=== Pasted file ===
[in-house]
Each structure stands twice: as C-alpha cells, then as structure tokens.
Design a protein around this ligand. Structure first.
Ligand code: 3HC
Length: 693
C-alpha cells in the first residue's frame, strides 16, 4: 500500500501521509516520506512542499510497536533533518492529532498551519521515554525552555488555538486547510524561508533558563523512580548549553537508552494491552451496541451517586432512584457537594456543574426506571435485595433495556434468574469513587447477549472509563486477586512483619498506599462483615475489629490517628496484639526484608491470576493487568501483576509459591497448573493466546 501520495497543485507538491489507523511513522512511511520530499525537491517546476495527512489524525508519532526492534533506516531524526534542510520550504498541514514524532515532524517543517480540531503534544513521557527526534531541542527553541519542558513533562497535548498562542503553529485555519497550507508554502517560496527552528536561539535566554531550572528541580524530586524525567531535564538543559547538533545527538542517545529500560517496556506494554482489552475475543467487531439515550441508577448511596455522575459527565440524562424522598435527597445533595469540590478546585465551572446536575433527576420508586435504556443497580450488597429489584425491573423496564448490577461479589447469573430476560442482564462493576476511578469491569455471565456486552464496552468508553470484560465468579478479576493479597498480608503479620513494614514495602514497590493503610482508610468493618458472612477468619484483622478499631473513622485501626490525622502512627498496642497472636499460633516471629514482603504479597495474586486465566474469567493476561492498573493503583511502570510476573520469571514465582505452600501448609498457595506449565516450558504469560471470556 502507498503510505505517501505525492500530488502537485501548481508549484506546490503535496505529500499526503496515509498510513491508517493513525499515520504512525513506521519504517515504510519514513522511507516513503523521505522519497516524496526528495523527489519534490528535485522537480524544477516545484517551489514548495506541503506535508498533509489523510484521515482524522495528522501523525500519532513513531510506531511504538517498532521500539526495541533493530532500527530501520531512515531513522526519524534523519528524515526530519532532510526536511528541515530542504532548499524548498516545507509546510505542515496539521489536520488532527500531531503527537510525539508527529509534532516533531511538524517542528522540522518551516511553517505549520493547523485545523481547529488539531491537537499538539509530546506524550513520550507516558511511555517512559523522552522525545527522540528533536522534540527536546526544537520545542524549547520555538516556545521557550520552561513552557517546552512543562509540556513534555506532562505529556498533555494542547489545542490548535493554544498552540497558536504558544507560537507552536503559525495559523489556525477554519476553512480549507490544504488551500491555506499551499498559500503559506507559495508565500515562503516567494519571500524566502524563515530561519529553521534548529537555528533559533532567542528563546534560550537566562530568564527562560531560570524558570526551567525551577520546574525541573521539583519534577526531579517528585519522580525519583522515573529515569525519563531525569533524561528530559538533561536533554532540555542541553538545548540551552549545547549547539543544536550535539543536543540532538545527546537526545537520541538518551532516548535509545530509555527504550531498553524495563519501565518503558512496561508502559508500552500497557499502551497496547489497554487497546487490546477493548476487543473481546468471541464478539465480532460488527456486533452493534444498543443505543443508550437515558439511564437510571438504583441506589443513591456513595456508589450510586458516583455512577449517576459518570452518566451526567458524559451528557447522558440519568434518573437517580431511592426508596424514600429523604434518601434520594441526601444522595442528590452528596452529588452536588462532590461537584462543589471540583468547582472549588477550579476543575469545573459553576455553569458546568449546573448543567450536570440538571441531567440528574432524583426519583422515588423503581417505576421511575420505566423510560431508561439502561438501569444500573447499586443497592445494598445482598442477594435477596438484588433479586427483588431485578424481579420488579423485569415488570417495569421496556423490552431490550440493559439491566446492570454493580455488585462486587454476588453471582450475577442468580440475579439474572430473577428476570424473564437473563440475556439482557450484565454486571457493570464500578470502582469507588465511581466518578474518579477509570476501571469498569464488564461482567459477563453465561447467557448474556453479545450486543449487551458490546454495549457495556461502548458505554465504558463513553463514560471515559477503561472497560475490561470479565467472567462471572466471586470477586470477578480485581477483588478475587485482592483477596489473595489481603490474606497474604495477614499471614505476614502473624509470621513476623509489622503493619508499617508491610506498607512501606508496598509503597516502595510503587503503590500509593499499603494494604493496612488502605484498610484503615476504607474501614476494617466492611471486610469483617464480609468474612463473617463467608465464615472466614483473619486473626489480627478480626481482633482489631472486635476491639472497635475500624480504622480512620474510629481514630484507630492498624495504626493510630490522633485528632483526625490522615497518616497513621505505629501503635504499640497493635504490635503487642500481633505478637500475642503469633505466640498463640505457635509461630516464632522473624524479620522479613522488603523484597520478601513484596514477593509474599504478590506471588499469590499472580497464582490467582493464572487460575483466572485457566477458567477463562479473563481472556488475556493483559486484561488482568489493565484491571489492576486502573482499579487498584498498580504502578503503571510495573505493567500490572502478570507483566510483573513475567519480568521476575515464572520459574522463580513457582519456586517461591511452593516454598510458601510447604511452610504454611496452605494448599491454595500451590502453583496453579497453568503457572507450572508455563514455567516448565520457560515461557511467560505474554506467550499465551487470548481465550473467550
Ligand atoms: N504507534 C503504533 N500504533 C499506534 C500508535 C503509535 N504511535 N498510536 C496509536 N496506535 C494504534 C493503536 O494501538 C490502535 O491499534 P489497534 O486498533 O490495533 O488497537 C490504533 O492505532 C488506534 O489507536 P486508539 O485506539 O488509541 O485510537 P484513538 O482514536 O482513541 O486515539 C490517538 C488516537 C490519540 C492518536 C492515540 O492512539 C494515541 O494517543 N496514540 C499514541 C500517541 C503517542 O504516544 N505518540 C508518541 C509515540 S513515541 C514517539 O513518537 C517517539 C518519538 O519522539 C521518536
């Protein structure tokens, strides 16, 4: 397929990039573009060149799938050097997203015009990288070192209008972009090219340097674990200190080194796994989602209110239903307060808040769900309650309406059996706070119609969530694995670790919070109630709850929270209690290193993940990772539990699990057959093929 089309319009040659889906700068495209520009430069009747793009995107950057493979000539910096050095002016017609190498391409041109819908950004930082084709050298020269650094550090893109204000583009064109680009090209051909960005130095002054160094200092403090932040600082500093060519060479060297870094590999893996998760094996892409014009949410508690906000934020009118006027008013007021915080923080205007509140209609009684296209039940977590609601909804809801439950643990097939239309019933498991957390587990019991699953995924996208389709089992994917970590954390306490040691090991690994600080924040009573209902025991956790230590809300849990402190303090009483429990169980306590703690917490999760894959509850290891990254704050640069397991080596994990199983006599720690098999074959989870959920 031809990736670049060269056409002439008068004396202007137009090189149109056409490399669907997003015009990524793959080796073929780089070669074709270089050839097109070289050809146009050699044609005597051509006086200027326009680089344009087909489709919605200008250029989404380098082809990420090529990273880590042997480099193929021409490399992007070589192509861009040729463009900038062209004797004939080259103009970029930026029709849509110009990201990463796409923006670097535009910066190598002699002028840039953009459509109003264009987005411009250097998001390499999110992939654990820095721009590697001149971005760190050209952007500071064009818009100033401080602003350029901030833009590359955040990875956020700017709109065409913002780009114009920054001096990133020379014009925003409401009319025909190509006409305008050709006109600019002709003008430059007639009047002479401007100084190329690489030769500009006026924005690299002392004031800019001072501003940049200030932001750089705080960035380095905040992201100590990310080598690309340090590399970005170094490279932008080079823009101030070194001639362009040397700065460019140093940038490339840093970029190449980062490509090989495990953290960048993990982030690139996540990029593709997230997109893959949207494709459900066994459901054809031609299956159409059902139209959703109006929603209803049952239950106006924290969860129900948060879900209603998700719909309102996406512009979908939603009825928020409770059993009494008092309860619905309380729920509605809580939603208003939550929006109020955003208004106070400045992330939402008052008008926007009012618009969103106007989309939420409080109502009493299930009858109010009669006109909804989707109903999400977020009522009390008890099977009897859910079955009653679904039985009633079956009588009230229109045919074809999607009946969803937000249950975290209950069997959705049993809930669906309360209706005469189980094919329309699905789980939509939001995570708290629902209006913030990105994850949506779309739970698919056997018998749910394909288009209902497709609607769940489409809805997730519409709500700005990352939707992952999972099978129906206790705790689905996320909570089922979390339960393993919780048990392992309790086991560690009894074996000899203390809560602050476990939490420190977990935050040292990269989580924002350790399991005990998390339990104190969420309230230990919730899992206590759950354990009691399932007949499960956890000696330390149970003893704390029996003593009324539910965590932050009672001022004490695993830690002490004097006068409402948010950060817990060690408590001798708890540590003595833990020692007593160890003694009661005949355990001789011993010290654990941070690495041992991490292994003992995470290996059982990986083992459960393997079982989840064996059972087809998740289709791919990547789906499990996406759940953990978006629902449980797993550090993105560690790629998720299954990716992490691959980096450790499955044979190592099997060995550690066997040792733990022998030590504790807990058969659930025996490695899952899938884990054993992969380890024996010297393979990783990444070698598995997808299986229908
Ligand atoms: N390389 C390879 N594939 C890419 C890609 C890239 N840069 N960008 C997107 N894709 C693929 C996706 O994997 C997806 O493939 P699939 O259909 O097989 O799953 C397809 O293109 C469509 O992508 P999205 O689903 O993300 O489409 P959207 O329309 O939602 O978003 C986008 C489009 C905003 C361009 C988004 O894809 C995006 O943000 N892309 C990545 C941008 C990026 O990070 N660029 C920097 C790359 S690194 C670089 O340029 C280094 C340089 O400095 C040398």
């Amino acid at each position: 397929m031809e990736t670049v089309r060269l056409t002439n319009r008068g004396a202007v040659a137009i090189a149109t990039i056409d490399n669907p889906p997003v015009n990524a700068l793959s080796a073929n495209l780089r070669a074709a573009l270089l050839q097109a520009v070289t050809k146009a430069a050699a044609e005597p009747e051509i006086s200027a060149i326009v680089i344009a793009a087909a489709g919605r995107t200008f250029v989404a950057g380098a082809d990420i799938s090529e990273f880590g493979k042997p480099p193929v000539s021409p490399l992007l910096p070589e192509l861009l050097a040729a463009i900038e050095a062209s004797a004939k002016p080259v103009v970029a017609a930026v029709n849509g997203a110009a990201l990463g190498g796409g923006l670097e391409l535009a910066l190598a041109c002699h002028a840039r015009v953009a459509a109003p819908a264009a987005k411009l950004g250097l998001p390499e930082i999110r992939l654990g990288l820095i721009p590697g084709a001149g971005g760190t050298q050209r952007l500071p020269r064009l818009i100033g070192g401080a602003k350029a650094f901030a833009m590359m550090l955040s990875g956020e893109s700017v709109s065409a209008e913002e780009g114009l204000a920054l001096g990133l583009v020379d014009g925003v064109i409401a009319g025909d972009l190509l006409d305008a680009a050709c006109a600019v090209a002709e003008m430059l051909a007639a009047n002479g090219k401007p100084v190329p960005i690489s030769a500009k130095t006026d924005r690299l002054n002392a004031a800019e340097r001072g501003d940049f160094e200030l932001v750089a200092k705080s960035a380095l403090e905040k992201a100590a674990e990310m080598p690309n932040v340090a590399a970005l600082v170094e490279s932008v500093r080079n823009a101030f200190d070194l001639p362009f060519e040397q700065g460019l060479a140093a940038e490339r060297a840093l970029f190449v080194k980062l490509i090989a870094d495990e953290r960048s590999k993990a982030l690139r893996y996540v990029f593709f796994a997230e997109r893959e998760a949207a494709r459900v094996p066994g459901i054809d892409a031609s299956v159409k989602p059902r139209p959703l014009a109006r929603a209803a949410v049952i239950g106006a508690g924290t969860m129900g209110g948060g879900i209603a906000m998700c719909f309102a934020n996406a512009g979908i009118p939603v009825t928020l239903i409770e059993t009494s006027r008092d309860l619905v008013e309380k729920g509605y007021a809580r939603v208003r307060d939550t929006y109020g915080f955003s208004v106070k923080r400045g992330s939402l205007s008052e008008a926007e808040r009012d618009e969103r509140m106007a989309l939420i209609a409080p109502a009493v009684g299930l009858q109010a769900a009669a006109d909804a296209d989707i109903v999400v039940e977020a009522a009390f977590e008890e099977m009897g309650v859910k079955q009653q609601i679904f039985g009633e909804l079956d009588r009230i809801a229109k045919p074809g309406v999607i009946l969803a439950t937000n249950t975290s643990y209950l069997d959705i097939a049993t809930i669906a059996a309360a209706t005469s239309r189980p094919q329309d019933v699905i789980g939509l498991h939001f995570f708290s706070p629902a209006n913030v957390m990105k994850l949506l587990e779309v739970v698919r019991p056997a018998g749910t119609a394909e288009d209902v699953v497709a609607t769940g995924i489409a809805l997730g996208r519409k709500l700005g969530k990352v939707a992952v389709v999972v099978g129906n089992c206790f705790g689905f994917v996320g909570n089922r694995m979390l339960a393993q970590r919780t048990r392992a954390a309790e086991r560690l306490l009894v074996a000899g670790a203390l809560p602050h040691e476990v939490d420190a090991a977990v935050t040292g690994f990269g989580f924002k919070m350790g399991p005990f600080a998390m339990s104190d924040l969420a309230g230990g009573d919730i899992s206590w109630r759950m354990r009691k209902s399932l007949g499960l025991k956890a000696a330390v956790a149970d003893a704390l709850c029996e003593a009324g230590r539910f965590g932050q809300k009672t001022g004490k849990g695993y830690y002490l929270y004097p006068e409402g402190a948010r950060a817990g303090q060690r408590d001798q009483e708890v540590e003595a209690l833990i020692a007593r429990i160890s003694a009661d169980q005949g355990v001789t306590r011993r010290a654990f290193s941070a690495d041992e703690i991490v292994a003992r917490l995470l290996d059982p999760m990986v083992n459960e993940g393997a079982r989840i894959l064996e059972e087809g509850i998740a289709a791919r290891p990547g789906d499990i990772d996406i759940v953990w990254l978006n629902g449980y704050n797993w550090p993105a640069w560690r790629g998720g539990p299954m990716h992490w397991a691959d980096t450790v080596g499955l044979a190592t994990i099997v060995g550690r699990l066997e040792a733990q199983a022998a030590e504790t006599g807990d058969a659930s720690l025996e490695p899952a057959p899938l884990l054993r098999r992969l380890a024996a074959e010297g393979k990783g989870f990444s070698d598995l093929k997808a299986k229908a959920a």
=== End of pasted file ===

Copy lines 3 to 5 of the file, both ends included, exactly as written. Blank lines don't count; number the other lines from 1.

Design a protein around this ligand. Structure first.
Ligand code: 3HC
Length: 693